This weapon was the standard secondary gun for most of Japan's capital ships built or planned between 1915 and 1922 and was the primary gun on light cruisers built prior to 1930. It was also the most numerous coastal defense gun used during World War II.
This gun was adopted in 1914 as a replacement for the earlier 6" (15.2 cm) guns as it was felt that its lighter shells were better suited for manual handling by the average Japanese crewman.
Earlier guns were built with four layers and wire-winding (Model No. II), but later guns were of built-up construction without the wire (Model No. IV). Used Welin screw breech blocks with a three-motion breech mechanism.
Redesignated in centimeters on 5 October 1917.
|Designation||5.5"/50 (14 cm) 3rd Year Type (Model 1914)
14 cm/50 (5.5") 3rd Year Type (Model 1914)
Official Designation: 50 caliber 3rd Year Type 14 cm Gun
|Ship Class Used On 1||Japan
Capital Ships: Ise, Nagato, Amagi, Kaga, Kii and "13" classes
Light Cruisers: Tenryû, Kuma, Nagara, Sendai, Yubari and Katori classes
Seaplane Carrier: Nisshin
Submarine Tenders: Jingei class
|Date Of Design||1914|
|Date In Service||about 1916|
|Gun Weight||5.5 - 5.6 tons (5,600 - 5,700 kg)|
|Gun Length oa||284.8 in (7.235 m)|
|Bore Length||275.6 in (7.000 m)|
|Rifling Length||235.0 in (5.968 m)|
|Grooves||(42) 0.55 in deep x 0.252 in (1.40 mm x 6.40 mm)|
|Lands||0.160 in (4.07 mm)|
|Twist||Uniform RH 1 in 28|
|Chamber Volume||1,404 in3 (23 dm3)|
|Rate Of Fire||6 to 10 rounds per minute, depending upon the rate of supply 3|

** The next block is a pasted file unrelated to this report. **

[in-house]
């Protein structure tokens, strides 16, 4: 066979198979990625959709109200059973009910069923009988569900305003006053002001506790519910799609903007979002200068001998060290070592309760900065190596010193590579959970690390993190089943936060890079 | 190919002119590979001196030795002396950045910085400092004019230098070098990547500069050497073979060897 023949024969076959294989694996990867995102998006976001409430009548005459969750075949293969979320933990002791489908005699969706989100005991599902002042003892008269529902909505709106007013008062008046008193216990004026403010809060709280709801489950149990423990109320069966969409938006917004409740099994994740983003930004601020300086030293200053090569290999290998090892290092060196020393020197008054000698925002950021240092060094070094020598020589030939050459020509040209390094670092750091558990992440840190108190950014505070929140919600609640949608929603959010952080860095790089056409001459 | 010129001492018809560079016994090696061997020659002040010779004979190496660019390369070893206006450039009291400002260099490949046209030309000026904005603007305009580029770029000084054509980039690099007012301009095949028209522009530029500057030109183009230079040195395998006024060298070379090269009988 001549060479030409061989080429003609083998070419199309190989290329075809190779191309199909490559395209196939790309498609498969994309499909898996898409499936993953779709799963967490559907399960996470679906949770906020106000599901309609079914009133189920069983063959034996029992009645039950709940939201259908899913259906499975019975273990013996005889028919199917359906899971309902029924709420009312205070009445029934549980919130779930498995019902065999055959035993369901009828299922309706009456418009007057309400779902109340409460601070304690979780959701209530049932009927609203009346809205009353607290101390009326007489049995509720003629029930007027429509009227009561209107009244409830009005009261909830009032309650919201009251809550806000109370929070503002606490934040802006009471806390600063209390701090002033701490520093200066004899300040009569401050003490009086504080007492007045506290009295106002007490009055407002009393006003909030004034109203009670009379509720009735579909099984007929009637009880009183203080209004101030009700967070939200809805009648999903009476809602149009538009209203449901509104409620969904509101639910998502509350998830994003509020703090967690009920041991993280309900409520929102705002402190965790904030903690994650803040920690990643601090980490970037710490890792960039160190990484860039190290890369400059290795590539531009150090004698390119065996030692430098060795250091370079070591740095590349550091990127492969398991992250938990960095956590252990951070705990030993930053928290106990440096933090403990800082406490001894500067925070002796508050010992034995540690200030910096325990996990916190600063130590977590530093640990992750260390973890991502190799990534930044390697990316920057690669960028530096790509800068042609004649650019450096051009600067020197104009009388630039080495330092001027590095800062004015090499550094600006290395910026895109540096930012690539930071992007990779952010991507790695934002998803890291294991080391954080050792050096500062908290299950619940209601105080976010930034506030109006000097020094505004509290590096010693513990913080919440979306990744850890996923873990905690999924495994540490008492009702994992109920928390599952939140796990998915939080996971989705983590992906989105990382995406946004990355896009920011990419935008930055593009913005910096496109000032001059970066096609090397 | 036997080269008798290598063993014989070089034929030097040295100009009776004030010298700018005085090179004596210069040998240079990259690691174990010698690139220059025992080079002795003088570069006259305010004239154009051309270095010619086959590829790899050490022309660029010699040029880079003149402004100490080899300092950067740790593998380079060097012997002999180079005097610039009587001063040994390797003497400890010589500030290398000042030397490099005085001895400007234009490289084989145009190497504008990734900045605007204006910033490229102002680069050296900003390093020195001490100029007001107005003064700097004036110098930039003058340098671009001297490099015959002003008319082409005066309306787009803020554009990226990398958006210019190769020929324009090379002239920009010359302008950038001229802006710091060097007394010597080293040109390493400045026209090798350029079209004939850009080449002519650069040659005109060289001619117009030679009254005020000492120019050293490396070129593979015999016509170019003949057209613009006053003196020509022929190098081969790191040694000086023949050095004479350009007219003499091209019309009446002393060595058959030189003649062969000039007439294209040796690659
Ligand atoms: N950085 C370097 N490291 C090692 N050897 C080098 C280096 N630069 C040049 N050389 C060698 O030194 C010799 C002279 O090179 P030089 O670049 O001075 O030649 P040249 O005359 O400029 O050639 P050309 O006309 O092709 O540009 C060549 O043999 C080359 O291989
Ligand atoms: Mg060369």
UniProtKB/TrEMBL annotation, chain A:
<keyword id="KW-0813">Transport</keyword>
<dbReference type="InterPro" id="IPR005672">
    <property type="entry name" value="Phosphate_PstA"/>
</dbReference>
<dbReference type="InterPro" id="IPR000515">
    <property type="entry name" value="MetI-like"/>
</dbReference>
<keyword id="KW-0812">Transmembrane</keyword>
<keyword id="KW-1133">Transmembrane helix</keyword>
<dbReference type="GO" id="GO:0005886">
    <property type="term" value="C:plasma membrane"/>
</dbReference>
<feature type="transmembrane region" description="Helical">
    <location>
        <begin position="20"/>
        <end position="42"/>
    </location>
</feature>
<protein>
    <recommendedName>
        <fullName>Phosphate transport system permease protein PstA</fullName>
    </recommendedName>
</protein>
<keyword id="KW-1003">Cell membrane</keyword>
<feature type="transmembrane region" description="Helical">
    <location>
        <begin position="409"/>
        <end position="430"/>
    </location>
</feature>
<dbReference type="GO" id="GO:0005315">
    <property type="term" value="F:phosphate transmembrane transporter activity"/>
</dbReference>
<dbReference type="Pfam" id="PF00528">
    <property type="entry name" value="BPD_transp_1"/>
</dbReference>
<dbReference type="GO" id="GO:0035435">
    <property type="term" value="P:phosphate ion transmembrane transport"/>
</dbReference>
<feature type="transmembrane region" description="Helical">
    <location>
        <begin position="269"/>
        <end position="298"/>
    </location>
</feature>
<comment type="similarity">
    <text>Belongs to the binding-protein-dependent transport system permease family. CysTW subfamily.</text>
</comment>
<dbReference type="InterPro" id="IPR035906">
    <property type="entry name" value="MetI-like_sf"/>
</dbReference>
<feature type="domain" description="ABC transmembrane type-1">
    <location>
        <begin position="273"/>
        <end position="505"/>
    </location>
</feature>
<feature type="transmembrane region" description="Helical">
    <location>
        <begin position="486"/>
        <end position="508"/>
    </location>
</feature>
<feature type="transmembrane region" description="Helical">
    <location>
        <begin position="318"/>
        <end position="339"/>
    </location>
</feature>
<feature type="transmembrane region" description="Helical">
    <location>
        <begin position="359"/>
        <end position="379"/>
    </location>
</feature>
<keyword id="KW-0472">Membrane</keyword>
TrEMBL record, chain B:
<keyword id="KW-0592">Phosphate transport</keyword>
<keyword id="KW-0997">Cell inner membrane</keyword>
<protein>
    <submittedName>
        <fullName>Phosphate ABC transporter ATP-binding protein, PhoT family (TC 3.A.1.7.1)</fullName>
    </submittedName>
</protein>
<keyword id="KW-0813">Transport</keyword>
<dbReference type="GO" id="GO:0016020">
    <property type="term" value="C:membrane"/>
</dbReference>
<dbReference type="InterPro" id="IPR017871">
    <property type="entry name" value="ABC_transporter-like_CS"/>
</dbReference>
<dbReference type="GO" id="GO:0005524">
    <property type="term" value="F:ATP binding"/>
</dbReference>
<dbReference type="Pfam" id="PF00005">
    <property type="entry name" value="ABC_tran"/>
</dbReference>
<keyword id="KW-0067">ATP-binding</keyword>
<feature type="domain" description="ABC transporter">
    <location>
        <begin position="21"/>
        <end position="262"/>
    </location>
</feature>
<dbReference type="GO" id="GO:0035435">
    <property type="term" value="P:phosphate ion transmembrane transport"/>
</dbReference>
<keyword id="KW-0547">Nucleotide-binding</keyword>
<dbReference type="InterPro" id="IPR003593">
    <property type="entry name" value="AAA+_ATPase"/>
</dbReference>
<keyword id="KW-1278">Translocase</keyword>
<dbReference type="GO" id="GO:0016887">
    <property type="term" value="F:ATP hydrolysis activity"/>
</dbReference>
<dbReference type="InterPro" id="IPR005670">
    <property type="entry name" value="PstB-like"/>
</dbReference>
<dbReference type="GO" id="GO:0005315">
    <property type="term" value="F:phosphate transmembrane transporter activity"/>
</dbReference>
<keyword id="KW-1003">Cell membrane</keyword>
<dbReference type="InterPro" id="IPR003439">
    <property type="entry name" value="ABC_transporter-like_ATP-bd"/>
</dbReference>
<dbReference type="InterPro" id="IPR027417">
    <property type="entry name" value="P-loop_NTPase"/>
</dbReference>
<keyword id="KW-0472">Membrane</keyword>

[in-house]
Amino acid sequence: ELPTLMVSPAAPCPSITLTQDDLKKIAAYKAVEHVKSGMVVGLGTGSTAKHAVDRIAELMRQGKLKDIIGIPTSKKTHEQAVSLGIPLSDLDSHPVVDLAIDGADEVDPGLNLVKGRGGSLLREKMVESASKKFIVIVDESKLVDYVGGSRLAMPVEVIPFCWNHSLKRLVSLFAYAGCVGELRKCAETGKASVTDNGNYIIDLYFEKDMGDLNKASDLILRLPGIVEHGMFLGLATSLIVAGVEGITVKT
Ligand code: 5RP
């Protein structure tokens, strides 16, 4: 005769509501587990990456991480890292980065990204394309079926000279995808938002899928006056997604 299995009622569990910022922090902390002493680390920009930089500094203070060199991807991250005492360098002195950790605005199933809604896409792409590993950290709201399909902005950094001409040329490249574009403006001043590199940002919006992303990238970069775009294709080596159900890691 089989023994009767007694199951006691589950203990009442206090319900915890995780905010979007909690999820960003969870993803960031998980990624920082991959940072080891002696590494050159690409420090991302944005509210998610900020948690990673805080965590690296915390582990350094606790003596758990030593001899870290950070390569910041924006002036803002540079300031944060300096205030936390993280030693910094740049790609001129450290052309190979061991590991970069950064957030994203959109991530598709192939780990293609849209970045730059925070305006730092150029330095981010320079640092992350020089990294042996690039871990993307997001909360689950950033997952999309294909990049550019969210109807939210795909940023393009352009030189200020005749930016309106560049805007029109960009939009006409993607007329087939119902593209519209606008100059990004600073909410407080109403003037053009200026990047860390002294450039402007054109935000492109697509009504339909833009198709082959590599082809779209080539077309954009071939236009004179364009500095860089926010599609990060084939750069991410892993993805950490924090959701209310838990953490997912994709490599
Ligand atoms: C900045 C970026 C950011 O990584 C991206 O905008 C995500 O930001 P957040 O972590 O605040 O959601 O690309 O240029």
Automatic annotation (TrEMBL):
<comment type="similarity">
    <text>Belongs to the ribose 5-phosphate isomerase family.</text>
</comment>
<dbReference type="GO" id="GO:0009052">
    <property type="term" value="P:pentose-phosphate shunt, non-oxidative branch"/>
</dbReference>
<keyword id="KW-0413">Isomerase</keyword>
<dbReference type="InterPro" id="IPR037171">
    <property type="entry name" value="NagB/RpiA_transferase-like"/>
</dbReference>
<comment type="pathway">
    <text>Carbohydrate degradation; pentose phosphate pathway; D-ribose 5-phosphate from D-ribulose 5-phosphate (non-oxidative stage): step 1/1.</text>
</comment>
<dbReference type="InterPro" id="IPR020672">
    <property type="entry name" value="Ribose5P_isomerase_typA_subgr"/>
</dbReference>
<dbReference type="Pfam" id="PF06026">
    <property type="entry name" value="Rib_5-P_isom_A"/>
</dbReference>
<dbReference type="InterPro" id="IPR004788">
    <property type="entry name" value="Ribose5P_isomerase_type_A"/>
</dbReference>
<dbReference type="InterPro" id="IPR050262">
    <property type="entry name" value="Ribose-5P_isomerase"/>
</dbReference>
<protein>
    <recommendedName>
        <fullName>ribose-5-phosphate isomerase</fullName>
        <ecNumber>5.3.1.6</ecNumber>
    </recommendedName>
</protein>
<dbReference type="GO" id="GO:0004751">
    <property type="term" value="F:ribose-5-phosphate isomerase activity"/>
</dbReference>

- ^Many capital ship classes were cancelled, scrapped or converted to aircraft carriers during the 1920s as a result of the Washington Naval Limitation Treaty. As a result, only the Ise and Nagato classes actually saw service with this weapon. These cancellations did free up many guns for use in coastal batteries, as mentioned above.
- ^The Chinese light cruiser Ning Hai was built in Japan and her near sister Ping Hai was built in China with Japanese assistance. These ships were armed with Japanese weapons including six 14 cm/50 Type 3 guns. Both ships were sunk and captured by the Japanese in 1937. They were then salved and sent to Japan where they lay idle for several years. In 1943 they were converted into kaibôkans (convoy escort ships). The 14 cm/50 guns were removed as part of the modifications and replaced with a lighter main armament consisting of two 12 cm/45 10th Year Type guns. Commissioned into the Japanese Navy as Ioshima and Yososhima, they were both sunk by USN forces by late 1944.